A good first command to learn is pwd, which stands for present working directory. This command shows the name and location of the current directory, which is the directory (also called a folder on some operating systems) in which the user is currently working. All that is necessary in order to use this command is to type the word pwd in at the keyboard as follows and then press the ENTER key:


If the terminal window or console has just been opened, what will typically be shown on the next line on the monitor screen will be /home followed by another forward slash and then the name of the user's home directory (which is usually the same as the user name). For example, if the user has a user name of john, the line would say /home/john. This is because a user begins working at the command line in its home directory, home directories are located in the directory named /home, and a user's home directory typically has the same name as the user name.

Commands (and virtually everything else) in Unix-like operating systems are case sensitive, in contrast to MS-DOS, which is case insensitive. That is, lower case and upper case letters are treated as completely different characters. Thus, for example, pwd must always be written in all lower case letters, not as PWD or Pwd2.

pwd becomes more useful after the current directory has been changed a few times, because then the location and name of the current directory are not always as obvious.

The ls Command

ls is another of the most basic and frequently used commands on Unix-like operating systems. It is equivalent to DIR on MS-DOS systems, and it lists the contents of a directory. When used just by itself, it provides a list of the names of the objects (i.e., files, directories and links) in the current directory, i.e.,


It can be seen that various names are listed but that no additional information is provided about them. This is often sufficient, but in many cases it is desired to obtain additional information about each directory object. Obtaining such information can be easily accomplished by using ls together with one or more of its options. An option is a letter (or in some cases a word) that follows the command after a space and that tells the command how to behave. Multiple options can usually be used together, and they are usually preceded directly by a hyphen (without any intervening space). The options available can differ substantially according to the specific command.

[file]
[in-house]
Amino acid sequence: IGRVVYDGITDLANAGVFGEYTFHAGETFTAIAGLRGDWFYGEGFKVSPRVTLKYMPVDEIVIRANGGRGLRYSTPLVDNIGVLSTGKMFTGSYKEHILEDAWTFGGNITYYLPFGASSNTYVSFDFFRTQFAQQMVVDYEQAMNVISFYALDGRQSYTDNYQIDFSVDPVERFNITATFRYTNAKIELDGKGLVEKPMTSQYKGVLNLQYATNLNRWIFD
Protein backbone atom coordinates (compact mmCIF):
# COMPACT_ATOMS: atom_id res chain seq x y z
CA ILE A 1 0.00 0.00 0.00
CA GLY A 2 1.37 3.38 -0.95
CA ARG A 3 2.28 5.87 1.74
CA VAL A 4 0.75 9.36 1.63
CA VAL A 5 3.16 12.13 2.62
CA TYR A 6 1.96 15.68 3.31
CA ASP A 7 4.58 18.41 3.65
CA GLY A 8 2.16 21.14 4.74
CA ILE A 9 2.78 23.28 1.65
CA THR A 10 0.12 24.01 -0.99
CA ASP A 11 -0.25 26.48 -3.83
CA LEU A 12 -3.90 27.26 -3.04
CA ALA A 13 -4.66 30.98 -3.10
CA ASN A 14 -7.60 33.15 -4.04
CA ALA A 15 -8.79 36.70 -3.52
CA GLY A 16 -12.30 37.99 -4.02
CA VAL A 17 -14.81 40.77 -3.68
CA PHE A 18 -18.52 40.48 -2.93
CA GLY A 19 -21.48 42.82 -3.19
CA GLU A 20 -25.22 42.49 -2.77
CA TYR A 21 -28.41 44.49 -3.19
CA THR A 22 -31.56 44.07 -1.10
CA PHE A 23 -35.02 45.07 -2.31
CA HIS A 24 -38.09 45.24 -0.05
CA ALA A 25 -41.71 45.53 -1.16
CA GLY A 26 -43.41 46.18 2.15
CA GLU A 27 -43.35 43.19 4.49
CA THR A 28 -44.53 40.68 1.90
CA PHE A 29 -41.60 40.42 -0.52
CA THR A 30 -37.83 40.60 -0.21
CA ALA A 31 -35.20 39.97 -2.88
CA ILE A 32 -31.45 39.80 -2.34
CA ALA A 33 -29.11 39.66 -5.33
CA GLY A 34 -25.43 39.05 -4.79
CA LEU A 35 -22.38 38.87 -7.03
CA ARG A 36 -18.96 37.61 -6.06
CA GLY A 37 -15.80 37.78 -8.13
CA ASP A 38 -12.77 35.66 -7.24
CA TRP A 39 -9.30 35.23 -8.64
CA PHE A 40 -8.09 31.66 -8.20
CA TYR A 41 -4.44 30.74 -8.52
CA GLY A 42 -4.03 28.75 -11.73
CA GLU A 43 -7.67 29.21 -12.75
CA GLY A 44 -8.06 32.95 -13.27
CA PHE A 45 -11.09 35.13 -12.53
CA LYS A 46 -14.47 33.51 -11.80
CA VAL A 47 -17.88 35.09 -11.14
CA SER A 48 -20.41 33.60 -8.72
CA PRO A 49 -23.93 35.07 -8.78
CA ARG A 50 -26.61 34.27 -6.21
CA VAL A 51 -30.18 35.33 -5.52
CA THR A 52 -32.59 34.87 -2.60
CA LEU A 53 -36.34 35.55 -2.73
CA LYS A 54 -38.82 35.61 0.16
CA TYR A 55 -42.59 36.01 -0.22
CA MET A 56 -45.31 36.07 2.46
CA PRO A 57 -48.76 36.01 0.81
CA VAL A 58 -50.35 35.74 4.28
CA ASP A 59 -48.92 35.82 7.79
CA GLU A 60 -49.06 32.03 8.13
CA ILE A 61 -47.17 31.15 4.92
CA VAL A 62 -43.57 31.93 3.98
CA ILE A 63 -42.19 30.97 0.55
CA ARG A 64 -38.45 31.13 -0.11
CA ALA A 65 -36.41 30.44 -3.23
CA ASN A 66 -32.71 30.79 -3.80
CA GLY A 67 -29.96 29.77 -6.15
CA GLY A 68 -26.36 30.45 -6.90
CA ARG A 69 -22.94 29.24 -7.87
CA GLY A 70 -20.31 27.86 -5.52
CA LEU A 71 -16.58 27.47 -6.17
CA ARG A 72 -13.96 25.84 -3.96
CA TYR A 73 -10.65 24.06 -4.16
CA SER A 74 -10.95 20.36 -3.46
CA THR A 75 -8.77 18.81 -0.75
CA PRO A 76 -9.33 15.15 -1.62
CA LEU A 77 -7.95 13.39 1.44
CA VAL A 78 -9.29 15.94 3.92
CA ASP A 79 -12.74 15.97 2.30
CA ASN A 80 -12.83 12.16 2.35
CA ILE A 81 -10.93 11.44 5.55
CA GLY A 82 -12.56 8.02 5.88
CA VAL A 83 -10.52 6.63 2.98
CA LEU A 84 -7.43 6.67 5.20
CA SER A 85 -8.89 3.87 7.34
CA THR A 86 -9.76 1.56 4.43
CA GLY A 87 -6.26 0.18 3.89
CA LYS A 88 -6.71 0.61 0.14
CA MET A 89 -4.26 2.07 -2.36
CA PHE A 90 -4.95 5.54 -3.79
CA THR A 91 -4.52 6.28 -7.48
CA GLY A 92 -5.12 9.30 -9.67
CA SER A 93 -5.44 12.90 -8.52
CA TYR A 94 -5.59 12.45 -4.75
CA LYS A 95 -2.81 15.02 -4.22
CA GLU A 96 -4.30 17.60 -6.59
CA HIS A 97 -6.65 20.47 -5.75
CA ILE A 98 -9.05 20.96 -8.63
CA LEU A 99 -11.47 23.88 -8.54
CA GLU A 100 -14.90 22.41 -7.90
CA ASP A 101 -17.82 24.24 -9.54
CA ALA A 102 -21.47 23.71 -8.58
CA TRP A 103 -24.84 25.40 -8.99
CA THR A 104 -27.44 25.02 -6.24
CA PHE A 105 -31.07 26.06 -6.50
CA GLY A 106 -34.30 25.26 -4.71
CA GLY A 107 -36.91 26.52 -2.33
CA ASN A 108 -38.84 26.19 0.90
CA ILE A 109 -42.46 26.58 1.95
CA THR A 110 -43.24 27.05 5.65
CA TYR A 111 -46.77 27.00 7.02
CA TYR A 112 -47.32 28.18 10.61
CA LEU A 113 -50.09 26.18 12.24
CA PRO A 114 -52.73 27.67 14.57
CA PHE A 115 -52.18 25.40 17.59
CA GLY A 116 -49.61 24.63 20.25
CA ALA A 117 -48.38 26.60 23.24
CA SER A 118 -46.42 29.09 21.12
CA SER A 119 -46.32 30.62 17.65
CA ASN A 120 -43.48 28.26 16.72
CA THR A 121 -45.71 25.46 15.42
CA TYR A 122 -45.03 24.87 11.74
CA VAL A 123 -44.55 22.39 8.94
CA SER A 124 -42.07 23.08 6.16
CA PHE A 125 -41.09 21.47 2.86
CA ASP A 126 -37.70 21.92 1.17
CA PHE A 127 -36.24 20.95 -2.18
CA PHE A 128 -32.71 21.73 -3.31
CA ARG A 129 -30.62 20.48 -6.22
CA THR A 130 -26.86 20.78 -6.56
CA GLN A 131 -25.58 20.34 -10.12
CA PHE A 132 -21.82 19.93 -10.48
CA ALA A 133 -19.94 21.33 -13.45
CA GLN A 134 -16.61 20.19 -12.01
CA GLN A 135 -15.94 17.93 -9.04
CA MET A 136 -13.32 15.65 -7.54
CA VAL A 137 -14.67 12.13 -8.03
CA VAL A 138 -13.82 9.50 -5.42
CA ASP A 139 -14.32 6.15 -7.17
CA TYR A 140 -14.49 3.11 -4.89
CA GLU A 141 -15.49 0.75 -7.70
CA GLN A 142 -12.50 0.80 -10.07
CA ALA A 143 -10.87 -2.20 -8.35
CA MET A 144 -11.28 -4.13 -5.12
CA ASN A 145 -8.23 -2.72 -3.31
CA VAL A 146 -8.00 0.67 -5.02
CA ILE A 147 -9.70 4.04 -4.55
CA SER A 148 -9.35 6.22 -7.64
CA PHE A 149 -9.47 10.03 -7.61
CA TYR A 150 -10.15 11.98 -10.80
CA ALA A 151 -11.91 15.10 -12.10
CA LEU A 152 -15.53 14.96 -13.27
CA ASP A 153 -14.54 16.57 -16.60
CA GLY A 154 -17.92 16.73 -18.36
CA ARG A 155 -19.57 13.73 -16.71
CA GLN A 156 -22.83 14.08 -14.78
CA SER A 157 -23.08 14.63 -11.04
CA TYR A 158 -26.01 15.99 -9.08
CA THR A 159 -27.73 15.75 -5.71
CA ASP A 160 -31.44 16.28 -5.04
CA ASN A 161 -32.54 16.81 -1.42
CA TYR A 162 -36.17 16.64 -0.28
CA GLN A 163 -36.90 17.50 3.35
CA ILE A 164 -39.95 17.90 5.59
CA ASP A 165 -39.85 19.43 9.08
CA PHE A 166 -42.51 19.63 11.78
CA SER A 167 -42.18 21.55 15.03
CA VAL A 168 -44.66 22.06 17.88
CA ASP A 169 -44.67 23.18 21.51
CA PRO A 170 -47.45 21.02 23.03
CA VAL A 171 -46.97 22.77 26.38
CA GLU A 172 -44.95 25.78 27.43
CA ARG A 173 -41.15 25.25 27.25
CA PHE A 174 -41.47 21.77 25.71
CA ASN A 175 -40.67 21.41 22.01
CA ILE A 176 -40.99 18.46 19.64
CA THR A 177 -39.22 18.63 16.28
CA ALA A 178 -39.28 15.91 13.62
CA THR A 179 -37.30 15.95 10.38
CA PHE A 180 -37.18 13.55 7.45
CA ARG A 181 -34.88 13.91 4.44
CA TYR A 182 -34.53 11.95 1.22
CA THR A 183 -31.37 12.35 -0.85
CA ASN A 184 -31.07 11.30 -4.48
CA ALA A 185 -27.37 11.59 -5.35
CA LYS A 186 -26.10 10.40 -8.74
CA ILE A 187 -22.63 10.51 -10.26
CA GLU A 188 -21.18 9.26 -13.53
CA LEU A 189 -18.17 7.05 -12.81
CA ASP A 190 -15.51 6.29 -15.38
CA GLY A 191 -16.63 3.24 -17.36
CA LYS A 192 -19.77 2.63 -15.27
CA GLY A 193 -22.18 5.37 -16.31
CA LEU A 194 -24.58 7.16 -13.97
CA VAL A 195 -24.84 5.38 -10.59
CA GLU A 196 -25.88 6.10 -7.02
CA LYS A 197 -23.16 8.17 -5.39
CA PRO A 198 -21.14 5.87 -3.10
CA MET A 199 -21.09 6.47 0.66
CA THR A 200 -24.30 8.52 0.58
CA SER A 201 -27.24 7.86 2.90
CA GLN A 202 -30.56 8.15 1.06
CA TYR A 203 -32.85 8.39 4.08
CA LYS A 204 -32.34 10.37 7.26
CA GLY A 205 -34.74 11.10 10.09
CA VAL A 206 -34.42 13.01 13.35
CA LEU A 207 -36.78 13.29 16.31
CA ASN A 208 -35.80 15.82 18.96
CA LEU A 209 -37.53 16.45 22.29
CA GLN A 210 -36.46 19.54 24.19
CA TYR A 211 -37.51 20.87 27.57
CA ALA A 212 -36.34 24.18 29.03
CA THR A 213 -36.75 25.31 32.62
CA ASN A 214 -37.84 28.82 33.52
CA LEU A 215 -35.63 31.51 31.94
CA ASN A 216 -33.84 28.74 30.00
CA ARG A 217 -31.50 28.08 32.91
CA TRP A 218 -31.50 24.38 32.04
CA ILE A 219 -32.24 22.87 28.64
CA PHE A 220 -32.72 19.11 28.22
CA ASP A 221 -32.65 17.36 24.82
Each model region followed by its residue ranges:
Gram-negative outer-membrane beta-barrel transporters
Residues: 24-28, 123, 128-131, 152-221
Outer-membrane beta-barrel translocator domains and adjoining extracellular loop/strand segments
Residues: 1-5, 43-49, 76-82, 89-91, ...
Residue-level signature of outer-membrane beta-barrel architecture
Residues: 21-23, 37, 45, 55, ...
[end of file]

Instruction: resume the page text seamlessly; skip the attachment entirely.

For example, the -a option tells ls to show all objects in the directory, inclusive of hidden files or hidden directories. Hidden objects are those whose names are normally not visible either in the command line or when examining the contents of a directory in a GUI. Their names are preceded directly by a period, such as .file1. Thus to see the names of all objects in the current directory, the following command should be typed in and then the ENTER key pressed:

ls -a

Many commands have numerous options, and ls is no exception. However, typically only a few of them are frequently used. Another commonly employed option for ls is -l, which provides a long listing, i.e., it provides much information about each object in addition to just its name. This additional information includes the type of object (e.g., file, directory or link), its permissions (i.e., who has access to it for reading, writing and/or executing), its owner (which is by default the same as its creator), and the date and time of creation.

When used together with both its -a and -l options, the command would be written as

ls -al

Another common option for ls is -s, which shows the size of each file (but not directory 3) in kilobytes. This option is often used together with the above two options as